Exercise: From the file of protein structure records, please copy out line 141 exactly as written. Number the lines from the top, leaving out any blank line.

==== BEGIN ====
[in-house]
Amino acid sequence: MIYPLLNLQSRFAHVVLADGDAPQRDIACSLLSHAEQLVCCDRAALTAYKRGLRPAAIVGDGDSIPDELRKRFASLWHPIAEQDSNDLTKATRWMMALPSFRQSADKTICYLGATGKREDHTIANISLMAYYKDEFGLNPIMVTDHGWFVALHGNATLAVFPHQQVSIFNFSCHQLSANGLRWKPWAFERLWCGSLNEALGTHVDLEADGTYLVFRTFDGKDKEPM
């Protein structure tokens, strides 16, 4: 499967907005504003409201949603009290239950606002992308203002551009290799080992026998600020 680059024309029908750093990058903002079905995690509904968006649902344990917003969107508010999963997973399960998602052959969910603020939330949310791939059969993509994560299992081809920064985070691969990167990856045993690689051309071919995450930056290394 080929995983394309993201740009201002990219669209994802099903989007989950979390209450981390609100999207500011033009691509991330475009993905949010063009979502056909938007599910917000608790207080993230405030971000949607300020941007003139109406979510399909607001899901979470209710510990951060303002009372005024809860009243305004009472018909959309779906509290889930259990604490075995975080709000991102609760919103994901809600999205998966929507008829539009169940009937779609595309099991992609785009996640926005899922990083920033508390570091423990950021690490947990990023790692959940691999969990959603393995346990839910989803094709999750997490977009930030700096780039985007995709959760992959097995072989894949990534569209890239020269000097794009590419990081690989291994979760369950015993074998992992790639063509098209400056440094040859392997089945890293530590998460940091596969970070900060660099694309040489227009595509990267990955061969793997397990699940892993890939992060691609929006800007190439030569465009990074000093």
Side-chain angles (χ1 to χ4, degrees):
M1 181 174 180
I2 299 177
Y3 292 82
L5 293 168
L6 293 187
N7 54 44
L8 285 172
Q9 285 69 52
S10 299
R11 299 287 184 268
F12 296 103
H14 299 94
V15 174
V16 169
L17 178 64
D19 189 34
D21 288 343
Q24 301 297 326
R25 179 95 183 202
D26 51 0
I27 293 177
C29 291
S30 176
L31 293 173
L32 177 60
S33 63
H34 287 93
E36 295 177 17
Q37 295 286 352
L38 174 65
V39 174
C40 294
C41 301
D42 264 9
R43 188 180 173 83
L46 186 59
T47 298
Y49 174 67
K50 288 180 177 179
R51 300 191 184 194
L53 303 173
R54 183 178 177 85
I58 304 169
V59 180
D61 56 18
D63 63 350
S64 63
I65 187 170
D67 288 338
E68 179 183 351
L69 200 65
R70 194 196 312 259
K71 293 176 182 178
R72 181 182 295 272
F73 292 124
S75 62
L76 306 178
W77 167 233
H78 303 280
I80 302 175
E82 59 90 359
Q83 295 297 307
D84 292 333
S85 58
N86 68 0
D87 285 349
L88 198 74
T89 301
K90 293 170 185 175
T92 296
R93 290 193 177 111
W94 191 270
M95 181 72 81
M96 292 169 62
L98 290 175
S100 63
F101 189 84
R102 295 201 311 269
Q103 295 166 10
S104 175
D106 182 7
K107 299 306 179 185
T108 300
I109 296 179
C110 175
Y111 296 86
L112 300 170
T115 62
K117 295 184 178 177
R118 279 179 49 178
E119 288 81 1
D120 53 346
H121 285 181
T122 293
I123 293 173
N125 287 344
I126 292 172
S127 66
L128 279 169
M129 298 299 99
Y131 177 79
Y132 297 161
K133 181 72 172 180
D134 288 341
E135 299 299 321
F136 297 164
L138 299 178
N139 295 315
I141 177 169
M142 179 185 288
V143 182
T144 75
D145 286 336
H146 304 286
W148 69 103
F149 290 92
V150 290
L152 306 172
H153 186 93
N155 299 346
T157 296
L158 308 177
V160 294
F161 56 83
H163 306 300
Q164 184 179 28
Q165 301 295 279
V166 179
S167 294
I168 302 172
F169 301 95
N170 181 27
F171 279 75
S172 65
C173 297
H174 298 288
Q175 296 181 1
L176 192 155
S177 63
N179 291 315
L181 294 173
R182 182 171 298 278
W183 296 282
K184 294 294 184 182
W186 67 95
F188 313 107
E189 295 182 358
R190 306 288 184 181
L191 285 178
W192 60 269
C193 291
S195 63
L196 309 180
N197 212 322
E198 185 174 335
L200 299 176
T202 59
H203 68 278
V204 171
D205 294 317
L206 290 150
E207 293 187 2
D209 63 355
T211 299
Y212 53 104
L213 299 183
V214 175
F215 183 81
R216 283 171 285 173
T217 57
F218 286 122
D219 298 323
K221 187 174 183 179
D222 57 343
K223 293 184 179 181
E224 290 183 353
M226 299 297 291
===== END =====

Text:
Q175 296 181 1